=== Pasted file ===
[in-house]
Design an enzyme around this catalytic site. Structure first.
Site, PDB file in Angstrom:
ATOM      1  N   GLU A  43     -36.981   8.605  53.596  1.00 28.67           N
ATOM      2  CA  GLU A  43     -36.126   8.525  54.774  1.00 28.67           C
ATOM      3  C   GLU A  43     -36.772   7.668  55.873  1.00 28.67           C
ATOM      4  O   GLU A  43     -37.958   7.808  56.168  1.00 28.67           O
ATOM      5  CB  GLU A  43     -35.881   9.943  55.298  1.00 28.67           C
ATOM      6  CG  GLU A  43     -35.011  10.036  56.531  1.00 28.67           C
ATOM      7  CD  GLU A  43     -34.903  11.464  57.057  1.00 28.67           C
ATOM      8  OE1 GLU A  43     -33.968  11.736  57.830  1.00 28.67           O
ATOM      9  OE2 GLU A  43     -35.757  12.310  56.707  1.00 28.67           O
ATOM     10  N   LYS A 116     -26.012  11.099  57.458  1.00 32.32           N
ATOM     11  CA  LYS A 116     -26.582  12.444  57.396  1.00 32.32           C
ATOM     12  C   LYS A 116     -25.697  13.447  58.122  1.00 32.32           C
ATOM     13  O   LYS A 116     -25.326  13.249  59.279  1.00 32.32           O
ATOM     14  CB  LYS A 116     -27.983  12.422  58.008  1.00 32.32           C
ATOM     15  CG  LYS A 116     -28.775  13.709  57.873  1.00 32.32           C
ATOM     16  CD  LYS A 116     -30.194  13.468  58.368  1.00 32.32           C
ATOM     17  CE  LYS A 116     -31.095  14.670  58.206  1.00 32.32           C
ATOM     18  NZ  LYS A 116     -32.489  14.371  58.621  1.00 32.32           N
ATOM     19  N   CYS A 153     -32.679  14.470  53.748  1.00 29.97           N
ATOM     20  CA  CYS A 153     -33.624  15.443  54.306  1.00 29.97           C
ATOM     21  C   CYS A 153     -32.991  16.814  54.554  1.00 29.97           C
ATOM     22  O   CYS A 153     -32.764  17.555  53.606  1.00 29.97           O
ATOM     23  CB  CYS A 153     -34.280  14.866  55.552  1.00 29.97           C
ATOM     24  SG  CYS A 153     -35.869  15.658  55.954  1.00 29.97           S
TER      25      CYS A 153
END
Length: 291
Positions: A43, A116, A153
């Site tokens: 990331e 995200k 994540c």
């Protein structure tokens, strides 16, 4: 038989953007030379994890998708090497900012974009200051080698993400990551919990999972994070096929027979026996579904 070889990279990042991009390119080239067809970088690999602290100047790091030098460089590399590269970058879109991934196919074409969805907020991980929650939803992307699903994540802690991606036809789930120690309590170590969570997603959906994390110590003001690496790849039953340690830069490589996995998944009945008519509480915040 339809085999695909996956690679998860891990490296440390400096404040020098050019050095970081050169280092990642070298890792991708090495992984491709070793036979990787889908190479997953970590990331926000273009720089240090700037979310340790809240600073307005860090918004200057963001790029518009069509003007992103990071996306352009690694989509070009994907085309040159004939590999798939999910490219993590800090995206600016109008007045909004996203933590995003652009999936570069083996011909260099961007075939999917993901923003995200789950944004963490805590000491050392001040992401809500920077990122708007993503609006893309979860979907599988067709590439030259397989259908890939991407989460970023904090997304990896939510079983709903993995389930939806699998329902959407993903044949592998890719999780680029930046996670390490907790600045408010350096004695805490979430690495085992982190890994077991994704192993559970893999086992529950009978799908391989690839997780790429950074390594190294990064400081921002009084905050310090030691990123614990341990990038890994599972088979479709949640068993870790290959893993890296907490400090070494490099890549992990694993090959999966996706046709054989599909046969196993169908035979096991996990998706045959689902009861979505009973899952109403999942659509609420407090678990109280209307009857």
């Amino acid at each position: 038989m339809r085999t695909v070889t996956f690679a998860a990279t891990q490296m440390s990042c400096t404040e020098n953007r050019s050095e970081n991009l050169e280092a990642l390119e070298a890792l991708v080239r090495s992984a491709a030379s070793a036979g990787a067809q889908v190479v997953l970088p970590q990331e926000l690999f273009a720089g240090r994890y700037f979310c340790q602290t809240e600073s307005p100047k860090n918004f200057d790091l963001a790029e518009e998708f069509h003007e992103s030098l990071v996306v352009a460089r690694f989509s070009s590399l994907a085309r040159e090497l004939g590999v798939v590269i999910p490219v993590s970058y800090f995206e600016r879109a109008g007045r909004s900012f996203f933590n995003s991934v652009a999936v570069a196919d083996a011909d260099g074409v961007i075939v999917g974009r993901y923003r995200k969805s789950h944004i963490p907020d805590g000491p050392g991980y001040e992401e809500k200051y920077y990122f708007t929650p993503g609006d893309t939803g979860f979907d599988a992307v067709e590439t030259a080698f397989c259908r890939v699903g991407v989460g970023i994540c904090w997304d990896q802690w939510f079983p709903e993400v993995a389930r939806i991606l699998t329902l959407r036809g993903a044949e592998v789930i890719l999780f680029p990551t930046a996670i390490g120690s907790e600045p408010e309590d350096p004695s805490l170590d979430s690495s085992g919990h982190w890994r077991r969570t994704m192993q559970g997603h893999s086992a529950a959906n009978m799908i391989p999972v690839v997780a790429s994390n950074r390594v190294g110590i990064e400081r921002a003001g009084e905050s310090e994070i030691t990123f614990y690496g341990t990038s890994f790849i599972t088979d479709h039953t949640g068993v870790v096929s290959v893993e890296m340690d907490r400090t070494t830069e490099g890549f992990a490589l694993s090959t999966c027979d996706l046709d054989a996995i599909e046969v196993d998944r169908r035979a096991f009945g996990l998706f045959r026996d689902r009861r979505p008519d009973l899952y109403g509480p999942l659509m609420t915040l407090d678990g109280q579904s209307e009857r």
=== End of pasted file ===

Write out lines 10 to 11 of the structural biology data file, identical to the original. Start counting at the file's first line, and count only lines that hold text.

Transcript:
ATOM      7  CD  GLU A  43     -34.903  11.464  57.057  1.00 28.67           C
ATOM      8  OE1 GLU A  43     -33.968  11.736  57.830  1.00 28.67           O